What I Think Every Time My Kid Hears Me Having Sex

Every once in a while (more or less and certainly depending on the person) mom's need, you know, "grown up time." And, every once in a while, things will get noisy because, hello: this is sex we're talking about. That means, however, that every once in a while a kid will hear that noise. While every mother is different (and hopefully sex positive) there are more than a few tried-and-true thoughts that go through every mom's head when she realizes her kid can hear her having sex. Usually, those thoughts resemble something along the lines of panic.

When I've been enjoying an (definitely earned) orgasm, only to realize my children can hear me, I've come pretty close to freaking out. One knock of the headboard into the wall, one squeaky bed spring, or one stray vocalization is enough to wake my kid up. Light sleepers are the worst. So everything, and I mean everything, stops cold until my partner and I are certain our son isn't walking down the hall to investigate. Once we're sure the coast is clear, it's the possibility of my kid walking in on us is still there, in the back of my mind, just waiting for that door to open, just waiting to hear someone say "mama."

You could be the most sex-positive person on the planet, but I would say that nobody really wants their children walking in on them when they're having sex. I mean, that's just not a situation you look forward to talking your way through. It happens though. It happens to everyone, I'm pretty sure. So at least we can offer off nods of solidarity to one another, right?

"Don't Get Up. Don't Get Up. Don't Get Up."

The very first thing I think is, "OMG, please don't get out of bed and walk in this room!" Every parent has this innate fear their kid walking in during "sexy time," and when you think you've been overheard that fear becomes a beast.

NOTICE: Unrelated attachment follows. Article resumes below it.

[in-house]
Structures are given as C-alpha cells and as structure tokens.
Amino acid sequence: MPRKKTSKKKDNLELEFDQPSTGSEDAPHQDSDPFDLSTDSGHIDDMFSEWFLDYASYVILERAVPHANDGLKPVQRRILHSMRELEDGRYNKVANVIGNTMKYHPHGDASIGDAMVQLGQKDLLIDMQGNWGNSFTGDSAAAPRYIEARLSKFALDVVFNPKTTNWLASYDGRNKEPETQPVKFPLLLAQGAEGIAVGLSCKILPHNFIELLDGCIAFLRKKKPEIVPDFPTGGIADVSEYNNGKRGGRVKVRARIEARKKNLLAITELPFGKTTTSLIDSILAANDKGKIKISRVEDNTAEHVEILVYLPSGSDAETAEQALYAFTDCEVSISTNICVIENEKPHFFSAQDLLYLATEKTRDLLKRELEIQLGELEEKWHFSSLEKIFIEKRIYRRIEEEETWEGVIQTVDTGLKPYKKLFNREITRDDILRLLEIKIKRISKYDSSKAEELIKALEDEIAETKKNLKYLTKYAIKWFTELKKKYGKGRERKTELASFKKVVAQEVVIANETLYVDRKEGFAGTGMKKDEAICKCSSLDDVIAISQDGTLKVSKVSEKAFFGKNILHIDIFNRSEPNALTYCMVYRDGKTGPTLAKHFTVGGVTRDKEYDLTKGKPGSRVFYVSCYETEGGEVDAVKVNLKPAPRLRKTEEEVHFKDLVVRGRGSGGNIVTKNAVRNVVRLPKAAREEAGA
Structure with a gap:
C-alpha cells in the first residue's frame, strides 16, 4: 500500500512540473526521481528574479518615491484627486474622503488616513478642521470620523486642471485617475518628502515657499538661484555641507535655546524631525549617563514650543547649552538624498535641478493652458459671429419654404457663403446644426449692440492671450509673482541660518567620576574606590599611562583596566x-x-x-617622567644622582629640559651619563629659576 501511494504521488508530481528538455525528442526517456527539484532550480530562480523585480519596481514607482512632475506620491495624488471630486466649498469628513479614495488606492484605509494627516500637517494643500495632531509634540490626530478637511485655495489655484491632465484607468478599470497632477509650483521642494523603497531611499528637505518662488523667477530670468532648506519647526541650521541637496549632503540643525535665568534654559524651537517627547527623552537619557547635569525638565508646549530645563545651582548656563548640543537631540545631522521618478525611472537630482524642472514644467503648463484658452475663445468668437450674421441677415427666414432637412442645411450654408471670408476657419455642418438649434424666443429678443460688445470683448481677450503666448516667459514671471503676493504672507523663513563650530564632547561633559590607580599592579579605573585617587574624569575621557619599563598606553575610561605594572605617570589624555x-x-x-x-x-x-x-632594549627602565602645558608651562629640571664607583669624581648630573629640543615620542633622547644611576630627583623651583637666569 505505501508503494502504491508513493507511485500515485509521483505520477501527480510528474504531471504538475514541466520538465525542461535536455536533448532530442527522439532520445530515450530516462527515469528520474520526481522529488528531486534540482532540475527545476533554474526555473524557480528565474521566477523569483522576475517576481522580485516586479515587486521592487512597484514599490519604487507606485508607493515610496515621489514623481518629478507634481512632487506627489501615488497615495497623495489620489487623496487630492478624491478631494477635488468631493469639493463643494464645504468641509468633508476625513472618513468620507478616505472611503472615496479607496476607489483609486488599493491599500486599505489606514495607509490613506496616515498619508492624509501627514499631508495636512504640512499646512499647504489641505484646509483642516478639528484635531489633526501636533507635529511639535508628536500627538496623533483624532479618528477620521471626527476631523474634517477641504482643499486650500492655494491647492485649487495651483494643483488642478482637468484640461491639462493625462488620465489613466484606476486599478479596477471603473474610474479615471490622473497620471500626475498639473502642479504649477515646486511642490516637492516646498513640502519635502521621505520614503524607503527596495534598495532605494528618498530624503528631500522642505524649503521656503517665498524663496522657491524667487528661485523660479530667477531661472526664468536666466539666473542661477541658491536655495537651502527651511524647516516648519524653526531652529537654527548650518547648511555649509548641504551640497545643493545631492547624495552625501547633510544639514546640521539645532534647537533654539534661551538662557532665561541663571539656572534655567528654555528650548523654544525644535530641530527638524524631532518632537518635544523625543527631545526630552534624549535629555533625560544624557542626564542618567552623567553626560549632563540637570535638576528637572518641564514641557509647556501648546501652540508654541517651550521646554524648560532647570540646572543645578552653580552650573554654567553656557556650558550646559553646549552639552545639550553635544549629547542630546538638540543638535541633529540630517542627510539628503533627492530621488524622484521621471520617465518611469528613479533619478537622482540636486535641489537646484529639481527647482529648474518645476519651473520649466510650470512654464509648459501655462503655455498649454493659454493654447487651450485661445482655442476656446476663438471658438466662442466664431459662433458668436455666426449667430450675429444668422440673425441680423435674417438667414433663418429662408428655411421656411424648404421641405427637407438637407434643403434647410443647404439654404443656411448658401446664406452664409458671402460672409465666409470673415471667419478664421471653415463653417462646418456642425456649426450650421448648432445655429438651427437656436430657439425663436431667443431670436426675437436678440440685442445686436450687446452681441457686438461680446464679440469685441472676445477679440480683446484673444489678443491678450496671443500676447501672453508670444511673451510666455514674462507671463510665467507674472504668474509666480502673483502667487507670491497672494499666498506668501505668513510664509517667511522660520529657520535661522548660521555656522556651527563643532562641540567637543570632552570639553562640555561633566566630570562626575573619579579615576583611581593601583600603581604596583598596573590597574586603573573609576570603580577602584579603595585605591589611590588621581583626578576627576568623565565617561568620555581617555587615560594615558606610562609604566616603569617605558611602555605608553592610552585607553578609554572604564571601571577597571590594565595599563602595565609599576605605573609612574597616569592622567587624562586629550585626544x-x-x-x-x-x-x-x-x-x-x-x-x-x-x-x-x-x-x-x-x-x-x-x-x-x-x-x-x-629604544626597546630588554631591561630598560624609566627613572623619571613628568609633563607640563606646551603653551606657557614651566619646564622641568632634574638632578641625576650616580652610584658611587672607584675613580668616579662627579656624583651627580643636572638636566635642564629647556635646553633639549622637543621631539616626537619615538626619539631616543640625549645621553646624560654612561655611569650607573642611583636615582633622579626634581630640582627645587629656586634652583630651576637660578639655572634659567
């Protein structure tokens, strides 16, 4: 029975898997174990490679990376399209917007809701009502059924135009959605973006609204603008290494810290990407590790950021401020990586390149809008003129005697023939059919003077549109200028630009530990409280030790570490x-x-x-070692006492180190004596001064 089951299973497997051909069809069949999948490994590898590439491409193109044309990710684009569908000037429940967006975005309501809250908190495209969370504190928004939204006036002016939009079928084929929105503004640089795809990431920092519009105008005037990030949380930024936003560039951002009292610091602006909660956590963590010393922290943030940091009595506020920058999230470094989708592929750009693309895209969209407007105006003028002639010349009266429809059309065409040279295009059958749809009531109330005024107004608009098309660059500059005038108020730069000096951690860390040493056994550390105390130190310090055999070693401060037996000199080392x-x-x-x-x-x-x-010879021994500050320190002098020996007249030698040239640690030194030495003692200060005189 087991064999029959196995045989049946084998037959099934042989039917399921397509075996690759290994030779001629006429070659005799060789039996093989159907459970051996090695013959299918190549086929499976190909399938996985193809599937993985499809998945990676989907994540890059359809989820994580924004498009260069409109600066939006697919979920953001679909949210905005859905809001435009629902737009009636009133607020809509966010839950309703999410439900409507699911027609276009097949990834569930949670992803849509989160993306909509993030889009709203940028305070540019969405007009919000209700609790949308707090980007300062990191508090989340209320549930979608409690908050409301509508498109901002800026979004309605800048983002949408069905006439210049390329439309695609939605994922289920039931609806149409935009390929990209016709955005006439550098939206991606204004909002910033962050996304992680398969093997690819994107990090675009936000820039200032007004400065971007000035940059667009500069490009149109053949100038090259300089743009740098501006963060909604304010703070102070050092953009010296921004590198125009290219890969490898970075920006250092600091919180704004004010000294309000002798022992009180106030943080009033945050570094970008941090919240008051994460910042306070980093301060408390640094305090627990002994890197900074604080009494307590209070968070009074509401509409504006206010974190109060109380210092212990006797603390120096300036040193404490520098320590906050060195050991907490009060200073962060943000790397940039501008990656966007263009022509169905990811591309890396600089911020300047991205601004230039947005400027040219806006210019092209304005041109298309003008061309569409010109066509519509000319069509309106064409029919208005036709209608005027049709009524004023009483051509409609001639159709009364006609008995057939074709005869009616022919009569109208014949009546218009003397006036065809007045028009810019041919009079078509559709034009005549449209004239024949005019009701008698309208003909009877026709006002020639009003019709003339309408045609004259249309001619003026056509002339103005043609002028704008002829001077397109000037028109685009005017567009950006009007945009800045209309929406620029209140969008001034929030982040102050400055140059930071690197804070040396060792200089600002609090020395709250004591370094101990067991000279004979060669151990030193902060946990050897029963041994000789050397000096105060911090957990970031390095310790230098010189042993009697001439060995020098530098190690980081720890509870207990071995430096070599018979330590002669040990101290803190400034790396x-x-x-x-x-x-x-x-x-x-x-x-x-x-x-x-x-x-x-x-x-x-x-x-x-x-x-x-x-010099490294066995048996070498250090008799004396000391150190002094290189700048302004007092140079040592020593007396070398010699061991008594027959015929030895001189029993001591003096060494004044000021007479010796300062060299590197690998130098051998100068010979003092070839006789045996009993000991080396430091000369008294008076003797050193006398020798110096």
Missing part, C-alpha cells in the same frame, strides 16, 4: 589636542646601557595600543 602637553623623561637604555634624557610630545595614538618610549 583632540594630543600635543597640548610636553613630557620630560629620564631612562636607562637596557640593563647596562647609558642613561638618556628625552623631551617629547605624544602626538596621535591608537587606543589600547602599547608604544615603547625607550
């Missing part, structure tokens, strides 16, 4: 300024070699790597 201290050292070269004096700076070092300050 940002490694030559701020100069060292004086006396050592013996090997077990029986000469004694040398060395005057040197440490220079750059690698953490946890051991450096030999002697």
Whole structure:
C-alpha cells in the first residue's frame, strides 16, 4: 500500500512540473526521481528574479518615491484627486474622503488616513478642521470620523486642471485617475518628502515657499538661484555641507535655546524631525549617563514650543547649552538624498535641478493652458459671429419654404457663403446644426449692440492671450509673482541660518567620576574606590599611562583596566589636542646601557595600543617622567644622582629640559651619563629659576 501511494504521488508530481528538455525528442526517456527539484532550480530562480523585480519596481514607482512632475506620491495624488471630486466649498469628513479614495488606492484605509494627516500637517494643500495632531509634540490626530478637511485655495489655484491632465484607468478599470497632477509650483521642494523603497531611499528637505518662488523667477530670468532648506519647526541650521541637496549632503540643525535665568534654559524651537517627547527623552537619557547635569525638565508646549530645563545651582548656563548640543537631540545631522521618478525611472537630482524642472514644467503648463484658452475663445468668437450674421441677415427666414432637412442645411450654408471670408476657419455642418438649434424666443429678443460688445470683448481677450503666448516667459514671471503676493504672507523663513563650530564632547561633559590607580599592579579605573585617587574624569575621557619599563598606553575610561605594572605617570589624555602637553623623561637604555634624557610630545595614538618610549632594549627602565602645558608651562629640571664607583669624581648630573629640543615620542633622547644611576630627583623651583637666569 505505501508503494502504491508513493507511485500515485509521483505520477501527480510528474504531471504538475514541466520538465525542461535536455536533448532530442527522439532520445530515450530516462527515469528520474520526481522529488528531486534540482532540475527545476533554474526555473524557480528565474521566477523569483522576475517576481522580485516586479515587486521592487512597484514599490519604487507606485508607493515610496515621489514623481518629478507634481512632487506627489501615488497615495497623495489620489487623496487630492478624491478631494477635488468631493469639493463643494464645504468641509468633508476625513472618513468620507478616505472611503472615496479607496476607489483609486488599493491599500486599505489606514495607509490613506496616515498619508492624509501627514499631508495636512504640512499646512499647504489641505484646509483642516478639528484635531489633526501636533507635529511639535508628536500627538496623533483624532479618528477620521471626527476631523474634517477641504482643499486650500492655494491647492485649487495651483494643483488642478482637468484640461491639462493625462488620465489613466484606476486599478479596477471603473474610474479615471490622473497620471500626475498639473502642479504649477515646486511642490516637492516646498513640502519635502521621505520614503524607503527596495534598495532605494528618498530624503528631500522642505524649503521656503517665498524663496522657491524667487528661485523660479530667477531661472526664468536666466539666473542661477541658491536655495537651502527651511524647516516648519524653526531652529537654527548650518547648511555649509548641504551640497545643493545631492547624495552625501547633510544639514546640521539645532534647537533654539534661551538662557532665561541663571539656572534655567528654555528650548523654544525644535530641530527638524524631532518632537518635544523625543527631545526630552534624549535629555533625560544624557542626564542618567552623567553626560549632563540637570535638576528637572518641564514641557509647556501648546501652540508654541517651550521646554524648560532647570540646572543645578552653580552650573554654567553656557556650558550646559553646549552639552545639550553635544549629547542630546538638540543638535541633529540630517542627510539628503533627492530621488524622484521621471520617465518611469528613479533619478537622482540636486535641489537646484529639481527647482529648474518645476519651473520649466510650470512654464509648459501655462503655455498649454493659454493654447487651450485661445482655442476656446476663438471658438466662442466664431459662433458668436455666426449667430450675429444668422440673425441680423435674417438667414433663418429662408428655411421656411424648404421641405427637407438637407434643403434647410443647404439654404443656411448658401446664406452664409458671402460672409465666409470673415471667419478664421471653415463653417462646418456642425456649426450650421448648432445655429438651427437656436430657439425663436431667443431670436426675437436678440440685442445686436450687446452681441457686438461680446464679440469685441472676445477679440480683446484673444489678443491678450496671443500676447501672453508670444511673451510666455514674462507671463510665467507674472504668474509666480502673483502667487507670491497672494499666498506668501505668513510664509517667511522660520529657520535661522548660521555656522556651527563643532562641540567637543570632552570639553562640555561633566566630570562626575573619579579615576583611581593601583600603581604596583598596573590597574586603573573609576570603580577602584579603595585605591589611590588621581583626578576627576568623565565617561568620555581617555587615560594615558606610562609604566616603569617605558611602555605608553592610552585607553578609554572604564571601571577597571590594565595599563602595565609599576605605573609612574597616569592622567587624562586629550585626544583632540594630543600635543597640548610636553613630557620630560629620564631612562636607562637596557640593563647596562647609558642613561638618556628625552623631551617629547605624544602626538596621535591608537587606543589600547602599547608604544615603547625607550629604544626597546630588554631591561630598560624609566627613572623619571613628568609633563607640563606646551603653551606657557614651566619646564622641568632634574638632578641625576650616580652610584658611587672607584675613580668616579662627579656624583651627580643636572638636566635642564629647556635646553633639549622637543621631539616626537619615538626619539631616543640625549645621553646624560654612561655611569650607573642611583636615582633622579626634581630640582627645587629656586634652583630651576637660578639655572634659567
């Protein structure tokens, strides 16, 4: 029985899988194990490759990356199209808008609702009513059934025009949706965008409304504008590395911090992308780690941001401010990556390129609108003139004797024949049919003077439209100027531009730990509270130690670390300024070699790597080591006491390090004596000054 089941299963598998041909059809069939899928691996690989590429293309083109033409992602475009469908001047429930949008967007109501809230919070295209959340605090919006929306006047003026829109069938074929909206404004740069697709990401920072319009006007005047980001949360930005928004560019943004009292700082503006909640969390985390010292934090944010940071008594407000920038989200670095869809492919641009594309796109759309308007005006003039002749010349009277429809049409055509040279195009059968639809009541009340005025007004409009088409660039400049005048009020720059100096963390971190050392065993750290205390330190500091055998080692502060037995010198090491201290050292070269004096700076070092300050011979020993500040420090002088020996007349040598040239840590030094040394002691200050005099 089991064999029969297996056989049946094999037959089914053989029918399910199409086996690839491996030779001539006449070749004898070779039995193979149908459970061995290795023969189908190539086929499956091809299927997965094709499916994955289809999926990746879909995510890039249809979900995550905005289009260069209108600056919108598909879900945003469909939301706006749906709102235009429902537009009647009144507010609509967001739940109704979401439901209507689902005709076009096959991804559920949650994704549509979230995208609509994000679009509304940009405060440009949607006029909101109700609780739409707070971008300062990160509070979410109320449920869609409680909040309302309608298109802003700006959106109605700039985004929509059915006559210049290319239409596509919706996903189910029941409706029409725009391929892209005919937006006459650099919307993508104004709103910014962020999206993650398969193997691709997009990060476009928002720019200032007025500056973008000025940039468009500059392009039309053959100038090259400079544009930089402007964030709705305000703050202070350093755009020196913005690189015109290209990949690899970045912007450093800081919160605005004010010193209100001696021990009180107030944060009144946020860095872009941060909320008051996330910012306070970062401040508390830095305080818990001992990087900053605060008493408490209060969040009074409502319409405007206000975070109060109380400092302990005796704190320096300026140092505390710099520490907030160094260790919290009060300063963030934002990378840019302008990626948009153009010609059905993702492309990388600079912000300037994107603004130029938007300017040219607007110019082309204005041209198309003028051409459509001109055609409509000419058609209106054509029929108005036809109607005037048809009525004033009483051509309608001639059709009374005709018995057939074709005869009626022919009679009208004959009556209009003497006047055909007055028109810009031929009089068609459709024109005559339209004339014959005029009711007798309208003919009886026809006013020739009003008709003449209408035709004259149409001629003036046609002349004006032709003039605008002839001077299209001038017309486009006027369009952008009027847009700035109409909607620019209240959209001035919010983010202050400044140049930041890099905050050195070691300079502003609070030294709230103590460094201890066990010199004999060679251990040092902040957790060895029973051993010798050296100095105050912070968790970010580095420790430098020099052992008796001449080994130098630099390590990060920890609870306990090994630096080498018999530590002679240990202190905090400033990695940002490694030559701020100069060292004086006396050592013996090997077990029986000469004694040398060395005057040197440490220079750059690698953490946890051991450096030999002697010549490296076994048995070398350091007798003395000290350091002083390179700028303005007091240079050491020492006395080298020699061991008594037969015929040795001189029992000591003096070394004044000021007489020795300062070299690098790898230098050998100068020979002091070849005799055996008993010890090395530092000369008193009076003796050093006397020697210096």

"I Need To Be Able To See The Door"

You're gonna want eyes on the door, just in case. Kids are super sneaky so if your little one does decide to investigate the noise they heard, you'll want to be able to act as quickly as possible.

"Where The Hell Are My Pants?"

It doesn't take long for me to start taking an instantaneous mental inventory of where all my clothes hastily landed. In fact, I'll usually reach out and grab a hold of my pants, just in case I need to cover up pretty quickly.

"OK, Would You Stop Doing That?"

When I'm laser-focused on whether or not I just heard the door open, anything else that's happening (even if it was fun just a few seconds ago) needs to stop immediately. If I don't have to deal with any distractions, I can confirm if the "eagle has definitely landed."

Sex when you're a mom is a job, people.

"Maybe They'll Just Go Back To Sleep?"

It's like the stages of grief, really. First? Denial. I mean, maybe my kid didn't hear anything at all and he's sleeping right this very second, and I'm worrying for absolutely no reason.

"Well, That's It. The Kid Is Scarred For Life."

Then comes acceptance and the complete (and totally false, by the way) knowledge that your kid is scarred forever.

Sex is normal, my friends. Yes, you want to approach the subject in an age-appropriate way, but whatever you think your kid may or may not have heard will not land them in therapy for the rest of their lives. I promise.